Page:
Day 1, continue
After a great lunch that could have been served in the best private game lodge, we walked down to the lower deck beneath the restaurant because I spotted something red in the dead hardwood trees now standing in the water since the Pioneer dam is fuller than full. The water’s edge is right up to the fence and some places the fence in standing in the water. To my delight the something red in the dead hardwood was our first Carmine Bee-eaters! A bit far, but there they were!
It was time to check in to our hut, #54 and conveniently walking distance to everything. We could not see the dam, but we were surrounded by lizards big and small, Tree Squirrels and birds all over. In a nice air conditioned hut we took an afternoon rest and were ready to take a late the afternoon drive just to the nearby bird hides and Mooiplaas waterhole.
The hide facing east was perfect and the sun was behind us. In front of the hide there were Hippo blowing bubbles, grunting loudly at each other and floating up and down, crocodiles basking in the afternoon sun on the opposite bank, Water Thick-knees guarding there nesting sites, an Egyptian Geese couple, Blacksmith Lapwings, Red-Billed Queleas and our first big bird, a Goliath Heron. It was so quiet with no other people at the hide and we spent more than an hour there.
The Egyptian Geese couple with the Goliath Heron in the reeds.
The Red-billed Queleas in small groups made turns to fly down to the water for a drink.
We left the Shipandani hide and drove to the Pioneerdam hide. The hide facing west and we looked straight into the sun. We didn’t stay long and decided to go back and give Mooiplaas waterhole a quick visit.
On the way back to the causeway at the Shipandani hide we spotted our first Buffalo way back in between the Mopanies. We thought he was huge and I think one forget how big they are if you haven't seen one for a while.
When we got to the causeway there were a few Black Crakes catching water bugs and a Crocodile right next to the causeway waiting for something to catch. The water ran over the causeway from north to south so it was not fish he was waiting for. The Goliath Heron we spotted from the hide was nicely in view now.
The Black Crakes are really tiny but not shy or skittish at all.
The Croc was so close, his head almost did not fit in my camera's 18mm lens.
The Goliath Heron we saw from the hide.
As went drove up from the causeway and over the hump a family of Giraffes came to drink water next to the road but I think we startled them. Some were already out on the ridge and some still crossed the road. Some Red-billed Oxpeckers were catching a ride while having their dinner. This was our first long necks and one would think it won’t be a problem to spot them amongst the Mopanies, but the Mopanies are so dense and high and they disappeared completely.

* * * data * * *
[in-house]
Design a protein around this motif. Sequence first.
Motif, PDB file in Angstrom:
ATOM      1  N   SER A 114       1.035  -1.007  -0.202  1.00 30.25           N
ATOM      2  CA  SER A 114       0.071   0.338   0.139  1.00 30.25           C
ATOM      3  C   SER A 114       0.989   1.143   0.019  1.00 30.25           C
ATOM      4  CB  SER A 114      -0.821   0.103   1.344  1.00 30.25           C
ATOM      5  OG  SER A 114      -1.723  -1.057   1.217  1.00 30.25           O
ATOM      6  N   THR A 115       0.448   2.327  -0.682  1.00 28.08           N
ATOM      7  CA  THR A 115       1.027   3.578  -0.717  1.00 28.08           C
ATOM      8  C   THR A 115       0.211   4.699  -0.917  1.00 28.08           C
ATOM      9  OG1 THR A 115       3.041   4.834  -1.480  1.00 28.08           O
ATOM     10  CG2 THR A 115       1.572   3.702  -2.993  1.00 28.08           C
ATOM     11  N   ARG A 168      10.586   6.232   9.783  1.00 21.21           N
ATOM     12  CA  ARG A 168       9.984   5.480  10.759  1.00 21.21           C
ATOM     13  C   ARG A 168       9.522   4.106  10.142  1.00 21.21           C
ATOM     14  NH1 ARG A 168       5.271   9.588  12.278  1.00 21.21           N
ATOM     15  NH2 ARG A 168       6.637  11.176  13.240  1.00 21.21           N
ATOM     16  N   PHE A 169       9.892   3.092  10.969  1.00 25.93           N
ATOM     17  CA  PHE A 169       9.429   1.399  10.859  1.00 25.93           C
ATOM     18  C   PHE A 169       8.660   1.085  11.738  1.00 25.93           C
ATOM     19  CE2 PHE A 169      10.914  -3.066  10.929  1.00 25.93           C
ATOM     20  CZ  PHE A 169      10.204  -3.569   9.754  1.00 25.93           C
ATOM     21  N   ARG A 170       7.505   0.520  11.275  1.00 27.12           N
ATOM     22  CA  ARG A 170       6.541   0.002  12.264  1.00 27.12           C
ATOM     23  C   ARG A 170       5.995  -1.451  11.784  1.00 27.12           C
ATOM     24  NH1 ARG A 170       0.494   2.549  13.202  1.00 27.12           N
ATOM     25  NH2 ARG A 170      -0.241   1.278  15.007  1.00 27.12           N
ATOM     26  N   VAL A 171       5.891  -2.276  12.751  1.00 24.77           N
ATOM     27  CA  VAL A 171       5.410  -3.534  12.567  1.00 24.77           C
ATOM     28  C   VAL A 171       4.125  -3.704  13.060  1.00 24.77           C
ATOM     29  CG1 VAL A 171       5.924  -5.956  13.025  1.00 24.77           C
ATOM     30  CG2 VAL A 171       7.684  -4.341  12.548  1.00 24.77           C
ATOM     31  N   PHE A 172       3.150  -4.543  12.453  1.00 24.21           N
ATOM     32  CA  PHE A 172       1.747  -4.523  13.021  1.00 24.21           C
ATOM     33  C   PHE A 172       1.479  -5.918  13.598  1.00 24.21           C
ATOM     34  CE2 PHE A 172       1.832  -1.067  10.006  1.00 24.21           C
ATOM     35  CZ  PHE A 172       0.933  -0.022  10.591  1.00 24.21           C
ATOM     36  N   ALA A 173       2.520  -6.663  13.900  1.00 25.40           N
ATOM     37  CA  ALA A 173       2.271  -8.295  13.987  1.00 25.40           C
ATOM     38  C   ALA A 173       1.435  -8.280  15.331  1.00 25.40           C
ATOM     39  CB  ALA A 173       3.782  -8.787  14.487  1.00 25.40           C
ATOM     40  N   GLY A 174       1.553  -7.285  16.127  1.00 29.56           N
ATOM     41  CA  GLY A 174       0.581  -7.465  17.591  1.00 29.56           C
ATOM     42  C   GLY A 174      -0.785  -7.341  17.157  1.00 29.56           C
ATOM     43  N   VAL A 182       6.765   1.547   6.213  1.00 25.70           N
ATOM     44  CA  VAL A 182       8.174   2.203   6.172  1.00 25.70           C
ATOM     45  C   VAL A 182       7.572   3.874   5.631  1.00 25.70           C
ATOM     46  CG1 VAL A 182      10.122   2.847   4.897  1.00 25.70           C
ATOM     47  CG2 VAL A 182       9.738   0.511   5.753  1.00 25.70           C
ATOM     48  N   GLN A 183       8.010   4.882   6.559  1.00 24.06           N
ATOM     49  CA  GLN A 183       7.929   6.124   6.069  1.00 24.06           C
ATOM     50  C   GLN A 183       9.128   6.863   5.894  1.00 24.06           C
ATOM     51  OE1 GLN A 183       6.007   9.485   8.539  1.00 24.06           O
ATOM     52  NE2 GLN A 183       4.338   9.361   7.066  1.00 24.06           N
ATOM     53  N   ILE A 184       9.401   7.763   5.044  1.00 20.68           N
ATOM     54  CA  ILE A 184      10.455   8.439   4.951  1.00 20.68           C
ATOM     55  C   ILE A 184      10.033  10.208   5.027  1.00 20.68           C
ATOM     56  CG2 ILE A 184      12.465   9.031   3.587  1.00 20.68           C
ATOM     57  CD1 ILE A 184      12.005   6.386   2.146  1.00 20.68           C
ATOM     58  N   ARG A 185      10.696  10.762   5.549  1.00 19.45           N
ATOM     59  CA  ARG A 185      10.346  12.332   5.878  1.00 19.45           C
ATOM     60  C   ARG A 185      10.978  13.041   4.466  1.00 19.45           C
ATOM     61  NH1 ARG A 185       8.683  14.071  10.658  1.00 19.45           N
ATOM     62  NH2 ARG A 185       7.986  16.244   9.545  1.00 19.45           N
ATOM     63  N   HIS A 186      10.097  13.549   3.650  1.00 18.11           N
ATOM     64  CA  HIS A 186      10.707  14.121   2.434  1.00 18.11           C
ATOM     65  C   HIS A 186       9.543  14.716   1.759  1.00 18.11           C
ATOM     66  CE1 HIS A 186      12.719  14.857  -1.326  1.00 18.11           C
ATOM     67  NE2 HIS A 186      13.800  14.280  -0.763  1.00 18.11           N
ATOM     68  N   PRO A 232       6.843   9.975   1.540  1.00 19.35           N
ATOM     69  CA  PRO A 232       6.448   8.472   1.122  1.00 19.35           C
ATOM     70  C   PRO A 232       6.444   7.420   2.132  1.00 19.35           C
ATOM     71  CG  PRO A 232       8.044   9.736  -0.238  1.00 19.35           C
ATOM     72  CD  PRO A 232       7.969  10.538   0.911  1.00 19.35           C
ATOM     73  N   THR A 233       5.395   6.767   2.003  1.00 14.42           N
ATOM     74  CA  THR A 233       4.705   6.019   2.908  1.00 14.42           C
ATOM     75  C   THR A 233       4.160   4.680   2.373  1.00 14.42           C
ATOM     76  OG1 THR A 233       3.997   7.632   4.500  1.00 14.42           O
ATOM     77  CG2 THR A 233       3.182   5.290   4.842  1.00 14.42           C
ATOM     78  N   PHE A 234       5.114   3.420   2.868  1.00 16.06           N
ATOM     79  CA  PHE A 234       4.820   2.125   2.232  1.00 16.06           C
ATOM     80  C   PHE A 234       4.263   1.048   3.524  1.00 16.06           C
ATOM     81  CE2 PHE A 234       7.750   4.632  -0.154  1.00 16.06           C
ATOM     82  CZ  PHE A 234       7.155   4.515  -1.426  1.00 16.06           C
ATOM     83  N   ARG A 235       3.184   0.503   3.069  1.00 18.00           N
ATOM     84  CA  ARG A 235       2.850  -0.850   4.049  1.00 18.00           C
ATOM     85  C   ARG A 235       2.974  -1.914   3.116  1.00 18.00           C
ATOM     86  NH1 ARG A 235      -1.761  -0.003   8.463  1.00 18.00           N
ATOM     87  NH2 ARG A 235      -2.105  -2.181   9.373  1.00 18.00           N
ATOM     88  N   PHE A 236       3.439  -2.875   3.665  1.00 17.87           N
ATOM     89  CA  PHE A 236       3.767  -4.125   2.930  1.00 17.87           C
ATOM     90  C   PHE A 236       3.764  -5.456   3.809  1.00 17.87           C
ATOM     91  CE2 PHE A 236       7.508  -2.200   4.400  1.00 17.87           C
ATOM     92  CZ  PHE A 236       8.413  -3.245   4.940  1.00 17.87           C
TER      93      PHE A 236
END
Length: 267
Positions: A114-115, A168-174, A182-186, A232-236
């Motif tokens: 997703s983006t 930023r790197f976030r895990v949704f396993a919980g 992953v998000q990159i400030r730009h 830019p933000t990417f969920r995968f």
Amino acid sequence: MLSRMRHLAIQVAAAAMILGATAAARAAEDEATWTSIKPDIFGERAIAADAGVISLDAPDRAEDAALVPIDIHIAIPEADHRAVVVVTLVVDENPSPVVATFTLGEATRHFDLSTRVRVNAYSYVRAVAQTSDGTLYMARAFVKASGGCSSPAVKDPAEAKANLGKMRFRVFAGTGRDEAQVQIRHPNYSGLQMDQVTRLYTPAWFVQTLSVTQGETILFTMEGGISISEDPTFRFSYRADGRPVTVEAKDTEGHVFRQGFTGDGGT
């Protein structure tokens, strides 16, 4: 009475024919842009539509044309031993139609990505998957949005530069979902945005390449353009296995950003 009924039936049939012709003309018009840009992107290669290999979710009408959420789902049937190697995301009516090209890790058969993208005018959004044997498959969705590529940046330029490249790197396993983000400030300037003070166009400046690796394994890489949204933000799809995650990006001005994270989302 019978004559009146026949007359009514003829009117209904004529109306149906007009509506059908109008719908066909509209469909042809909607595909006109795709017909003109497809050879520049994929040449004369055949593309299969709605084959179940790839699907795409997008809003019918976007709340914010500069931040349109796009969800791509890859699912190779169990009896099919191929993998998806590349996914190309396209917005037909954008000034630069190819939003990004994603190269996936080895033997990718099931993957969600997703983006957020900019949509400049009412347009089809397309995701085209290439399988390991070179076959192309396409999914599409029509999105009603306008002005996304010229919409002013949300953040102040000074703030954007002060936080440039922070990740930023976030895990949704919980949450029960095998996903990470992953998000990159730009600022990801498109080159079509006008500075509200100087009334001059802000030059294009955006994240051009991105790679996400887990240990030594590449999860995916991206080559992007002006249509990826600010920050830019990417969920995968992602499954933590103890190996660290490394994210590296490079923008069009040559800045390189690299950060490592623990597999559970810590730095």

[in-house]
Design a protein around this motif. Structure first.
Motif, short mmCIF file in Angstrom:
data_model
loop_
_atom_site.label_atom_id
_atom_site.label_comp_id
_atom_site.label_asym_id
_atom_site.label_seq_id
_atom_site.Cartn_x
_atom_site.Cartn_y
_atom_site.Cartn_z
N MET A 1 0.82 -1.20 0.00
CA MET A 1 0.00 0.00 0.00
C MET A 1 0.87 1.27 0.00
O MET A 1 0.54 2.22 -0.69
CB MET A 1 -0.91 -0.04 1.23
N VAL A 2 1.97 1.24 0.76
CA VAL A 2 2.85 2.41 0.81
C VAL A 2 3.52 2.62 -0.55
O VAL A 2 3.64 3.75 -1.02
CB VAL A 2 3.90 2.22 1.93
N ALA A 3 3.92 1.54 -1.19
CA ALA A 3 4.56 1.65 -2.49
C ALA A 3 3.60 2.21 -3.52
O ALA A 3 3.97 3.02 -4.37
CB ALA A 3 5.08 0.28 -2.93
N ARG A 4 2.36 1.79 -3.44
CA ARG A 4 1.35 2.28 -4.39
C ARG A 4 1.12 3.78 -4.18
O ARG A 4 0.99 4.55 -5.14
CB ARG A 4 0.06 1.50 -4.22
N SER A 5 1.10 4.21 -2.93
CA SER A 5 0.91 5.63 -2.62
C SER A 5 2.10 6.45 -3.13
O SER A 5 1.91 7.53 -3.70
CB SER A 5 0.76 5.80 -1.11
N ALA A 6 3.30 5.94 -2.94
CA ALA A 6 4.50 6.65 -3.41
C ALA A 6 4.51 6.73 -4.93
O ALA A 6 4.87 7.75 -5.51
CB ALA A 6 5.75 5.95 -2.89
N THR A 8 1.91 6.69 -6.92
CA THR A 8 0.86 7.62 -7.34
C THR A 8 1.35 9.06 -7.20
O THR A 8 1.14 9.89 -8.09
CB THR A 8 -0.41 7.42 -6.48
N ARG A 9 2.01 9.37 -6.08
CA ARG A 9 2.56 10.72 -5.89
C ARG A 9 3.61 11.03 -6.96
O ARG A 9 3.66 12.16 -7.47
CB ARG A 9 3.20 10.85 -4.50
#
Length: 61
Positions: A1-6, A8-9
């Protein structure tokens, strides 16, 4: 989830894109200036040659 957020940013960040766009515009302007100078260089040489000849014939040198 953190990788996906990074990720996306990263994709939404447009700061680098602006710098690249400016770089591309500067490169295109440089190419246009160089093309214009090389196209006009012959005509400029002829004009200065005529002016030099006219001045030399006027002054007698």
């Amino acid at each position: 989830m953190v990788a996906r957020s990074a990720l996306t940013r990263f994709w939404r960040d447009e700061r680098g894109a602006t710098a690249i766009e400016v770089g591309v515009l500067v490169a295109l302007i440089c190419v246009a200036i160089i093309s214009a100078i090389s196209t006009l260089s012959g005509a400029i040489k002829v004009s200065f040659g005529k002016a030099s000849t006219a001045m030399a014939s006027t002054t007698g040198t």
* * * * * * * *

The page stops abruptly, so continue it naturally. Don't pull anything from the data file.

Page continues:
We drove on to Mooiplaas and still the European and Lilac Breast Rollers perched on the tree tops and luckily they liked sitting right next to the road where they could spot the bugs in the road and on the road’s shoulder were the Mopanies were cleared.
At Mooiplaas waterhole the Mopanies made way for wide open grassland and a few Zebras and a Blue wildebeest were clearly going to spend the night there. And then just when the light has gone to take decent photos, a family of Southern Ground Hornbills with a youngster appeared amongst the grass and we were very happy to see them on the first day. With the bad light I took a few photos and it turned out these were the only Ground Hornbills we saw. The grass was beautiful green and tall and I could just imagine everything lying in the grass we could not see….
The Ground Hornbills did not come any closer and the light was not great for these photos.
It was time to go back and turning around this was the sunset over the dam.
We arrived a little bit late for gate closing time at Mopani, but we were waved off with a friendly warning. We arrived for dinner at the restaurant before sunset. The bats came out and then all of a sudden a small dark hawk was diving and following them, we had no idea what it was, but the friendly couple sitting next to us told us it was a Bat Hawk. Apparently not something you see every day and they hunt only at dusk. But this little guy stayed out later, the lights from the deck overlooking the dam attracted loads of insects and the bats followed and he could hunt in the light coming from the deck.
Dinner was superb with generous portions and all our compliments to the chef! If was still very hot and counted ourselves lucky to be sleeping in a hut with air conditioning tonight, from tomorrow we will be ruffing it. But just after we went to bed the power went out and we had a head start on sleeping HOT. Actually I enjoyed the peace and quiet with no air conditioners running all over the camp, but we had to shower again the next morning.
Tomorrow we will check out of luxury and check in to rustic, just the why we like it.